Fight Club

When I went to my dad for advice on how to handle a bully and some of the kids in my first-grade class who had taken it upon themselves to make my time in the schoolyard as miserable as possible, I would have never guessed the lessons I would get or the path it put me on.
While one can imagine a parent taking their kid to school the next day to speak to the school principal or even confront the kids involved.,
My father took a completely different route by taking me down to the garage and introduced me to the heavy bag and boxing.
Within a few weeks, I had mastered the art of the jab, hook, uppercut, and the cross. Most importantly, I learned about balance and why striking my opponent when he was off-balance was so important. Now, this might seem like a lot for a kid who was still in the second grade, but I loved it absorbed everything I learned from my dad like a sponge. I loved working out with him and emulating his moves. When he bought me my first pair of black Everlast gloves, it felt as if I graduated to another level. Fight Cub-1
From there on, whenever someone messed with me, they got a face full of knuckles and rarely ever fucked with me again. By the end of the second grade, I got to know the principles office pretty well while learning that no matter who started the fight, the one with the bruises and bloody nose rarely ever got blamed.
About a year later, my dad gave me more lessons I’d never forgotten. They included pressure points such as the nose, throat, and chest. He would always tell me, “If they can’t breathe, they can’t fight.” and “Seeing their blood puts fear in their hearts.” “If you want to end a fight quickly, bloody up their nose.” All these lessons would help me face my bullies. At the same time, I gained a great love and respect for the sport of boxing while continuing my dream to compete and win the golden gloves and eventually become middleweight. I carefully followed fighters like Roberto Duran, Sugar Ray Leonard, Sean O’ Grady, Hector “Macho” Camacho and Ray “Boom, Boom” Mancini, to name a few.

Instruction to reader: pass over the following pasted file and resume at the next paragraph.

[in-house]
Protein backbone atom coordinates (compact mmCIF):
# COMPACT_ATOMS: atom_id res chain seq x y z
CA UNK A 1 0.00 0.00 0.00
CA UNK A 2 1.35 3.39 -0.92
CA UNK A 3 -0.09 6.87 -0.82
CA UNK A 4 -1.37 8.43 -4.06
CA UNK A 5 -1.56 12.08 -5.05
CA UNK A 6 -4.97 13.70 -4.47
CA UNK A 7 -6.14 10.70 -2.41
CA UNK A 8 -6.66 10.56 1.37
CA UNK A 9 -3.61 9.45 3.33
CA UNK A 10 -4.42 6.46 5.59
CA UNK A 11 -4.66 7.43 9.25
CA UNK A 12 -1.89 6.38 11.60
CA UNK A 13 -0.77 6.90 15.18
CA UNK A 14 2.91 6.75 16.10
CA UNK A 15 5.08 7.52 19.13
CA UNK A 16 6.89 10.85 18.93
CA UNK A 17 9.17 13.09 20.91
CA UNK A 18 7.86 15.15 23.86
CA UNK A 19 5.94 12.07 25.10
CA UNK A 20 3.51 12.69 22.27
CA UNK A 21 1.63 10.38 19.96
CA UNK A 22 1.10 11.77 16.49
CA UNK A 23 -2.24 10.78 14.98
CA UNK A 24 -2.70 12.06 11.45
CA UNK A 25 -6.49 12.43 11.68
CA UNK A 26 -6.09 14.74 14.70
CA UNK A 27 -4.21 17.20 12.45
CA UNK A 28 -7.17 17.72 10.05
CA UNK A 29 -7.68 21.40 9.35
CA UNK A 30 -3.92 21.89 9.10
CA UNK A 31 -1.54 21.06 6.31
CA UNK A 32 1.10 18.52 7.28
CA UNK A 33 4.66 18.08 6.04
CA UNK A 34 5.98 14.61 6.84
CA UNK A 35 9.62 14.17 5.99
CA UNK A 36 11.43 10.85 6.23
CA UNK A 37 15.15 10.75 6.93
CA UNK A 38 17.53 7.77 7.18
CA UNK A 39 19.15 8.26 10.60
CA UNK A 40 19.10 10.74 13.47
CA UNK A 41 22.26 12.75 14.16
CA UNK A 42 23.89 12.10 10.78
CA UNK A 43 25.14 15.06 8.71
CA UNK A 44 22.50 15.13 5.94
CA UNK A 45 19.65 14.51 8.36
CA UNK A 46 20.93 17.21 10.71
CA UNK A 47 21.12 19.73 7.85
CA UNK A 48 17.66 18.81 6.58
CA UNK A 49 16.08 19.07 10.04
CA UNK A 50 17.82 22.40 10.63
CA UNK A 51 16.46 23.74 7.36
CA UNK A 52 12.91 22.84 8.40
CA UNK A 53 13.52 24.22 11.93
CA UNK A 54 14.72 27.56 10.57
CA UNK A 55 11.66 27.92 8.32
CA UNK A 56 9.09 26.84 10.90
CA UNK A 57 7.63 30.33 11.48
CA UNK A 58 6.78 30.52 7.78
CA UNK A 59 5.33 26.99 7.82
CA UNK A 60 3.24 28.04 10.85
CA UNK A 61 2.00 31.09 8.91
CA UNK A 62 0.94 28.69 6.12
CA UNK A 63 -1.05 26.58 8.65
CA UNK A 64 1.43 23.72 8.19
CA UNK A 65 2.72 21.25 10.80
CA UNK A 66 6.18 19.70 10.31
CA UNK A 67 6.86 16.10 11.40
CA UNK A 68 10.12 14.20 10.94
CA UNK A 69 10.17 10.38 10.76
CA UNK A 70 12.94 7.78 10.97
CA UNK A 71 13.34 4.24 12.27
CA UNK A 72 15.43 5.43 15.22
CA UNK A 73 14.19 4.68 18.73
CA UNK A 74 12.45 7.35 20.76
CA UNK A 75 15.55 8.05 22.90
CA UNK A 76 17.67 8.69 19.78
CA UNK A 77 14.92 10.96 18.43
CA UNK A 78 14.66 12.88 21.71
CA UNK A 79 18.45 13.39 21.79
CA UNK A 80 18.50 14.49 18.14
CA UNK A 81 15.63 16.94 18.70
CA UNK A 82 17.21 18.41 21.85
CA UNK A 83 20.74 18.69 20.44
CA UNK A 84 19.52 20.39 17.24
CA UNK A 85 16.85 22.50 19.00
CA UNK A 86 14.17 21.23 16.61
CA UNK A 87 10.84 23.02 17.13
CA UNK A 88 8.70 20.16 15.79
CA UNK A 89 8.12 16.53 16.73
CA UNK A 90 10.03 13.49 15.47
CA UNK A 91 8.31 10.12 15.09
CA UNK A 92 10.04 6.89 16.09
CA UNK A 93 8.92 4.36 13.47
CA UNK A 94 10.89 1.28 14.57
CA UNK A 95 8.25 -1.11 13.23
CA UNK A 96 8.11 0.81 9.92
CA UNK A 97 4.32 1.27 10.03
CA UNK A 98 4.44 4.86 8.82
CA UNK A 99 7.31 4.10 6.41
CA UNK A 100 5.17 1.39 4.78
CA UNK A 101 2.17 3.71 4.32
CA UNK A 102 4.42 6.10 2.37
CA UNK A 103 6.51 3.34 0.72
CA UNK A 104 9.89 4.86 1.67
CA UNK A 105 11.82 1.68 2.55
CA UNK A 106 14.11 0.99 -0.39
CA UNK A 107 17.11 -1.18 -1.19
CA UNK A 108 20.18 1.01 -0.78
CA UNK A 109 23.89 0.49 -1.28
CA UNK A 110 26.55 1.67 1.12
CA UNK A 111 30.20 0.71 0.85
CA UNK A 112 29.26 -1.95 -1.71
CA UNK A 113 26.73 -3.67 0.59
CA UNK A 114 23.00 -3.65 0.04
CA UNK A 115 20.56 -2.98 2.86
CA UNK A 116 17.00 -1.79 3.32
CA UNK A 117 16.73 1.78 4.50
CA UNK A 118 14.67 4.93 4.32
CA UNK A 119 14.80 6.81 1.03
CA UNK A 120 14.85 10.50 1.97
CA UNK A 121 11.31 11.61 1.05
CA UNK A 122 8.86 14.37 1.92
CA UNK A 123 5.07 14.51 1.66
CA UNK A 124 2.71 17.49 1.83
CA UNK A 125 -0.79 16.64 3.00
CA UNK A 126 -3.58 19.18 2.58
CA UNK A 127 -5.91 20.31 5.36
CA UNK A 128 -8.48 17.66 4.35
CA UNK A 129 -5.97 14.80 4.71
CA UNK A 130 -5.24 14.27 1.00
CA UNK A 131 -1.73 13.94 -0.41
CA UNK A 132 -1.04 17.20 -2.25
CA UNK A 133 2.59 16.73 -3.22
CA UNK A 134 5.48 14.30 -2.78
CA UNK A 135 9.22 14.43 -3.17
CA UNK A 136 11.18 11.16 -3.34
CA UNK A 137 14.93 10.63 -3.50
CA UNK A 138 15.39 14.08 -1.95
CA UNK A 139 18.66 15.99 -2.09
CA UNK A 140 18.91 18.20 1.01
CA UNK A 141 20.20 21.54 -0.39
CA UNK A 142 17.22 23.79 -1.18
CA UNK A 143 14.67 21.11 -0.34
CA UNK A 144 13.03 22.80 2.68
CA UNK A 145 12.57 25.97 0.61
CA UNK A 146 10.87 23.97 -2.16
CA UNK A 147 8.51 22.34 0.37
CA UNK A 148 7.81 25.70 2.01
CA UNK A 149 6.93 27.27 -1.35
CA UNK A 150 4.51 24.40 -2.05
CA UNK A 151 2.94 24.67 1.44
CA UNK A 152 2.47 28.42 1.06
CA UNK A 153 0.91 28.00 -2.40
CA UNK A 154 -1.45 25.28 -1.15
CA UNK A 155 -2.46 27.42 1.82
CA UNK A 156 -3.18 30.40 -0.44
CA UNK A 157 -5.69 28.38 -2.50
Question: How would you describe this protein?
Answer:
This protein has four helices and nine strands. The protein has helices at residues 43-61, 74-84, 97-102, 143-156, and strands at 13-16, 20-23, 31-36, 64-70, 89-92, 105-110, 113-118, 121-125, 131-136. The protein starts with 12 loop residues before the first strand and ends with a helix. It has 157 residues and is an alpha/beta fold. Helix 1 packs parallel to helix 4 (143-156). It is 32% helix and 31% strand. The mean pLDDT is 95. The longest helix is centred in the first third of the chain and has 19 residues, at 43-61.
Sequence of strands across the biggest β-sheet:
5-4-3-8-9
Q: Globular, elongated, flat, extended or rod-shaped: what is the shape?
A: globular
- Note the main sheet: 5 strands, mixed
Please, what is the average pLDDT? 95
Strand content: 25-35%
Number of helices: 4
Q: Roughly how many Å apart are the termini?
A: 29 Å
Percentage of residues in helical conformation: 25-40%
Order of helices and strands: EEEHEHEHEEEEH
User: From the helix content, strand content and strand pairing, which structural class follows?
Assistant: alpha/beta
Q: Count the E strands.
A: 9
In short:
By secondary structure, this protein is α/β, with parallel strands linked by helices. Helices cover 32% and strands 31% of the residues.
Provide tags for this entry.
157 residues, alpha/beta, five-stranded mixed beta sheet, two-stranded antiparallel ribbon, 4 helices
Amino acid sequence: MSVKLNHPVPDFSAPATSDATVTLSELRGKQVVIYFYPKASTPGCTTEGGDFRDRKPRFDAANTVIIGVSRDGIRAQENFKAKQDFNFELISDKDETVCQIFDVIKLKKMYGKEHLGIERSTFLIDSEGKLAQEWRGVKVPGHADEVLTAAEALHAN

I think it’s worth noting that while I had a very short fuse and quick temper, I never started or went looking for a fight. With all the fistfights I had in that five or six-year period, I often teared up after leaving one victorious. Weeping and wondering why he decided to push me so far. I once sent a friend to the hospital for two days with broken nose vessels. I got into a lot of trouble with sister Mary Patrick for that one and a warning that another fight would get me expelled. Though the threat of being expelled had me wanting to change my ways, I was more preoccupied with the thought of apologizing to the kids’ mom and doing everything I could to regain that kid’s friendship. Not many people saw that side of me, but it was there. I’d also like to credit an older kid named Ronnie, who handed me my first ass-kicking while roughhousing in one of the nearby ball fields. It serves as a reminder that everyone takes a beating now and then. It was an event that stayed with me throughout my lifetime and plagued me until we reconciled decades later. During that exchange, he explained that he never meant to hurt me, but I was like a raging bull, coming at him like a locomotive. Thinking back, I probably deserved the pounding I got. It taught me a lot about raising my fists in anger and thinking before taking action. All these years later, I still remember and appreciate what my father taught me. I still work on the heavy bag, attempt to operate the speed bag and use the footwork to give me a sense of balance.

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